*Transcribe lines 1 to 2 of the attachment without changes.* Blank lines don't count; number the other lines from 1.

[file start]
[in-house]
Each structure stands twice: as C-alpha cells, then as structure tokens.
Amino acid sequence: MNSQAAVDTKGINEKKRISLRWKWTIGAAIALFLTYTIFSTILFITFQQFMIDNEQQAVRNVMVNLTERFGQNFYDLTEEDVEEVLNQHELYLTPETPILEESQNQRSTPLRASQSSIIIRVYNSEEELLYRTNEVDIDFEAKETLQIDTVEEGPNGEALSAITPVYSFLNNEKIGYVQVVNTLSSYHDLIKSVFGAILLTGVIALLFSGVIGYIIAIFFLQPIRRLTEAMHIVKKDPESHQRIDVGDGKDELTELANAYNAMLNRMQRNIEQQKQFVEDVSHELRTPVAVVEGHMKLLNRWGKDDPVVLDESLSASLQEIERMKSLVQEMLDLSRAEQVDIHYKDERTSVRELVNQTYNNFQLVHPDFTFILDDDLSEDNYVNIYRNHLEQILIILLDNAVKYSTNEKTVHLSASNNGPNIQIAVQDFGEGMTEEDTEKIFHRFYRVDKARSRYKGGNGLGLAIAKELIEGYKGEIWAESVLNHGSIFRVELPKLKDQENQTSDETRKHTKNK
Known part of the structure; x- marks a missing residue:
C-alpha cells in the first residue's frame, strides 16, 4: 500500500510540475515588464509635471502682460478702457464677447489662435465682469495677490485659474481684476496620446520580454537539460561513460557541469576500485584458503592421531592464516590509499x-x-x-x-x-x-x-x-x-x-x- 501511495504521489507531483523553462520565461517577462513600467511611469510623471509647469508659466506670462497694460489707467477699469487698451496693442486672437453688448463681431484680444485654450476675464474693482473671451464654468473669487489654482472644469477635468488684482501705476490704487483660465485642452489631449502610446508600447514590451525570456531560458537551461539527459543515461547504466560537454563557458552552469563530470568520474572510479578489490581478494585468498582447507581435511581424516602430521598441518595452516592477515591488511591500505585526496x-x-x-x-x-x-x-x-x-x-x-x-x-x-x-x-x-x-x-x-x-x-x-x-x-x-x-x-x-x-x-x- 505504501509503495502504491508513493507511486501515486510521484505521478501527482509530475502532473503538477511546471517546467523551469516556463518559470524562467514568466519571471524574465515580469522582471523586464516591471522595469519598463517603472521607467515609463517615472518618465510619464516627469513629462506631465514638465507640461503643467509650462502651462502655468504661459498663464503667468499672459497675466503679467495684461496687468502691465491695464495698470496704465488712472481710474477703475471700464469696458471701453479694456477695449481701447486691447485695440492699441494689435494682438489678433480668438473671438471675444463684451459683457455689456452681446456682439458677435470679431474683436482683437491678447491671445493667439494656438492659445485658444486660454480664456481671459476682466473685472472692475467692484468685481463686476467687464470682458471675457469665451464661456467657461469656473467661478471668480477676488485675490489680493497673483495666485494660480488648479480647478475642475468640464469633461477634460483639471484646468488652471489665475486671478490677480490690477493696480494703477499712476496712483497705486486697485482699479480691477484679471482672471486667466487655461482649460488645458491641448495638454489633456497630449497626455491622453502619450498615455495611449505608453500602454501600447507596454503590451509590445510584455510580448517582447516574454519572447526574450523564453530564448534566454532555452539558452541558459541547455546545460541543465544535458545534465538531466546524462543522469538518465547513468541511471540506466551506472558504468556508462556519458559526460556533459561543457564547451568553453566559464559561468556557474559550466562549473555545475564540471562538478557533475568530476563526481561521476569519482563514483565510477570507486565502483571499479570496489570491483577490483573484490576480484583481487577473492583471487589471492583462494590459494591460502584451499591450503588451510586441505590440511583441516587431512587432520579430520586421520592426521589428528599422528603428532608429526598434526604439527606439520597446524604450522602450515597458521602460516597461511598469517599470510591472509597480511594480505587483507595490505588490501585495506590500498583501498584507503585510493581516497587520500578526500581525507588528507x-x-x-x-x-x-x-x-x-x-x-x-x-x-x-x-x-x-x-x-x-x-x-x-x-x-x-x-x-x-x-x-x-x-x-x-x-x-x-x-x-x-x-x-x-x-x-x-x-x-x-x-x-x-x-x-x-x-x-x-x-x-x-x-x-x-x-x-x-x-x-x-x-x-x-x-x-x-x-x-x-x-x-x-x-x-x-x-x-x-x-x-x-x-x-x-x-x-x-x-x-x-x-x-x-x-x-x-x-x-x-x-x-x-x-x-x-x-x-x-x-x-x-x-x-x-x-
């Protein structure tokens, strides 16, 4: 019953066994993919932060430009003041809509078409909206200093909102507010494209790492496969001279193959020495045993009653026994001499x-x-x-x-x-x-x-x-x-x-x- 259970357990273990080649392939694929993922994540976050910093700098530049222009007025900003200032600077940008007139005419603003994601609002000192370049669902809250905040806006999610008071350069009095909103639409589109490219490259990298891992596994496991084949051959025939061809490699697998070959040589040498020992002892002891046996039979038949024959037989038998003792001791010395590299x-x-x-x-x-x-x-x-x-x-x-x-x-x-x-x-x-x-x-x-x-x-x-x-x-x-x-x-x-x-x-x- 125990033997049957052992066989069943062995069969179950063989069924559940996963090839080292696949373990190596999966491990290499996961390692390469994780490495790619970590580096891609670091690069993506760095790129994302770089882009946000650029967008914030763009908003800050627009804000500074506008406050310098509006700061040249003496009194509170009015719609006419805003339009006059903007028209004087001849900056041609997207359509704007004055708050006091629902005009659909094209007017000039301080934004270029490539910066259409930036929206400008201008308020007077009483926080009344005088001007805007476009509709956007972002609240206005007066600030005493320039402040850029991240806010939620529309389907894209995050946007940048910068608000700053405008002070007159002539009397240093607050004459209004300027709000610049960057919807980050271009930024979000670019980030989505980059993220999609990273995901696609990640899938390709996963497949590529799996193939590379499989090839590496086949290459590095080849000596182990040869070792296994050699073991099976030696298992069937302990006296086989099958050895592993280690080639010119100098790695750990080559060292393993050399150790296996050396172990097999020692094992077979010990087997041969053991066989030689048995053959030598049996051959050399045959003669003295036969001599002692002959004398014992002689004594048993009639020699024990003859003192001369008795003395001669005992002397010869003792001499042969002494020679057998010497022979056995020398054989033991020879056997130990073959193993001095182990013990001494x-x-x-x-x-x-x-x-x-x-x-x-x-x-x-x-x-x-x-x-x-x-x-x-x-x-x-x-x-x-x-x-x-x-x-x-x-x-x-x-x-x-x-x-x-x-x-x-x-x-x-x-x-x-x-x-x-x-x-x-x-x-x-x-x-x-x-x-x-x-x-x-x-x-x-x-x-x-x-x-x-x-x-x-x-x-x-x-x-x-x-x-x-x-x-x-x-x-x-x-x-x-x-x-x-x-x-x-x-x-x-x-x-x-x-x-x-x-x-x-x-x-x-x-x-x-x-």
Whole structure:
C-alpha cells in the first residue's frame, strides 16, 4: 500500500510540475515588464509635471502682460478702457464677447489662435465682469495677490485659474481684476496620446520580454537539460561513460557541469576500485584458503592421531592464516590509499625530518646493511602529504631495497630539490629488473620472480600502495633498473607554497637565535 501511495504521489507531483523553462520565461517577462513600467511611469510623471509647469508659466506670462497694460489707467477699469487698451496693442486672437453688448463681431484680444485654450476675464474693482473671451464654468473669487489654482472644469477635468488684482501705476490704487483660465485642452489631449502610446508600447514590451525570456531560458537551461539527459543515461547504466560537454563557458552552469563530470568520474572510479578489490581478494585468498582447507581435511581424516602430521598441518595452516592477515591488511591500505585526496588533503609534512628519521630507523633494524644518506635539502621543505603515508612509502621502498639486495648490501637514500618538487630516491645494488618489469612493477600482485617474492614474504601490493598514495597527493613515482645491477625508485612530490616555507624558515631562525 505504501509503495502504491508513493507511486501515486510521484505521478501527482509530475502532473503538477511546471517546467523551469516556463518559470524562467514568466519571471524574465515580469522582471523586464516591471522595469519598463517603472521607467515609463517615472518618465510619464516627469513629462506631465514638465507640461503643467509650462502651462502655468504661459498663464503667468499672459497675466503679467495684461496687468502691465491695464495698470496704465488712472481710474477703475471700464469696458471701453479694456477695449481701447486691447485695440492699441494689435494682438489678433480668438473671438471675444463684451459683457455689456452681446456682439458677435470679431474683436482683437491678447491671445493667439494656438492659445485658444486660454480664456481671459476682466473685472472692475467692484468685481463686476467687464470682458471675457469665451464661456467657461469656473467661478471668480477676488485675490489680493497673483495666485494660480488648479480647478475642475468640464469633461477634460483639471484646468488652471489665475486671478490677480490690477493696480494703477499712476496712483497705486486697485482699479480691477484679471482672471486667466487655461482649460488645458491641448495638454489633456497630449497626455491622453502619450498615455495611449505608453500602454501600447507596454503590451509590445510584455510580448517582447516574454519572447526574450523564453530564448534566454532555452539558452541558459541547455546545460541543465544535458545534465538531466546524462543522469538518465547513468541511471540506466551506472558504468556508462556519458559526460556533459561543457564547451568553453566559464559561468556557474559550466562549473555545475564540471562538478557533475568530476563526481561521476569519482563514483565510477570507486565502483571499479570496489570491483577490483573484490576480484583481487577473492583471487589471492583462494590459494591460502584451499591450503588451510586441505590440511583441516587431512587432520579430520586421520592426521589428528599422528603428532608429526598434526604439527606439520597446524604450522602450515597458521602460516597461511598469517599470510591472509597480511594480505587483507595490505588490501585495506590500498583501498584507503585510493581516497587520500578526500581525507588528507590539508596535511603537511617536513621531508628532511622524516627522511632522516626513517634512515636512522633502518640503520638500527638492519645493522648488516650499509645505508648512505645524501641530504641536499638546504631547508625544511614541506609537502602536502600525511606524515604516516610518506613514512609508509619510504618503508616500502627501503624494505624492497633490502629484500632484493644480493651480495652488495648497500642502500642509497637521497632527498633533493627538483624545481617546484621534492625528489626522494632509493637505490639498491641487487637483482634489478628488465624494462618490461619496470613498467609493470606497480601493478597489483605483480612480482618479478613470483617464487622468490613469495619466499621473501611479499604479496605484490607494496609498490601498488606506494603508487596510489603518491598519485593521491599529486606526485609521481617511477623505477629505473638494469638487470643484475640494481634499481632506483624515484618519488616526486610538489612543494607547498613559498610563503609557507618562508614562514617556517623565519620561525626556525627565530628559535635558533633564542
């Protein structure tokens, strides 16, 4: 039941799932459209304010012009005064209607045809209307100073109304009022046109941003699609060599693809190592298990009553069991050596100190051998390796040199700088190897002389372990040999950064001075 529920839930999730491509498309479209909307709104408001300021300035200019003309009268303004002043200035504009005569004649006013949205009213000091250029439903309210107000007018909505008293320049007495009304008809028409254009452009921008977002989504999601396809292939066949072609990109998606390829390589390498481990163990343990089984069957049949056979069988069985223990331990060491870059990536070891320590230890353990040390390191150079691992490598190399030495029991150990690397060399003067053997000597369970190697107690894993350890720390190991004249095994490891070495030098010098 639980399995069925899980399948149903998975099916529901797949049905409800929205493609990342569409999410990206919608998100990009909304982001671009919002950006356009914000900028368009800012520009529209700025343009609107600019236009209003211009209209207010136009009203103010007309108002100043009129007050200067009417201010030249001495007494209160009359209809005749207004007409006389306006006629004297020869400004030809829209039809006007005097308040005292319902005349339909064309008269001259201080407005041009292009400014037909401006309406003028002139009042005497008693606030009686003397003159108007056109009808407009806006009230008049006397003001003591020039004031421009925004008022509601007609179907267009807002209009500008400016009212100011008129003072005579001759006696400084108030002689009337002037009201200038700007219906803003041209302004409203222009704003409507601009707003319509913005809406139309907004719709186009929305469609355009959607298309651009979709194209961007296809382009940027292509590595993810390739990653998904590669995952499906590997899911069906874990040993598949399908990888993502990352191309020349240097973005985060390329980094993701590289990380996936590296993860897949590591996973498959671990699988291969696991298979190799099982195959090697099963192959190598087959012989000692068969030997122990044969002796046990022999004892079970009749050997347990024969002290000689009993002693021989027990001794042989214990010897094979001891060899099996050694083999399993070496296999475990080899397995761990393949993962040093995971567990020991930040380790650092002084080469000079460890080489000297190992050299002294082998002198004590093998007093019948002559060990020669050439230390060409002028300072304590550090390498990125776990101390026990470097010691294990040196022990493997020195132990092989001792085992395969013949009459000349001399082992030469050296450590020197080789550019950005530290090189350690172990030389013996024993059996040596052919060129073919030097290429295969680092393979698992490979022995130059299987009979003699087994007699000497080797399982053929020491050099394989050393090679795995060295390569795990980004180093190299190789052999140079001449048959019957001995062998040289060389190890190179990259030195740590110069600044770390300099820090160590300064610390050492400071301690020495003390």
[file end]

[in-house]
Each structure stands twice: as C-alpha cells, then as structure tokens.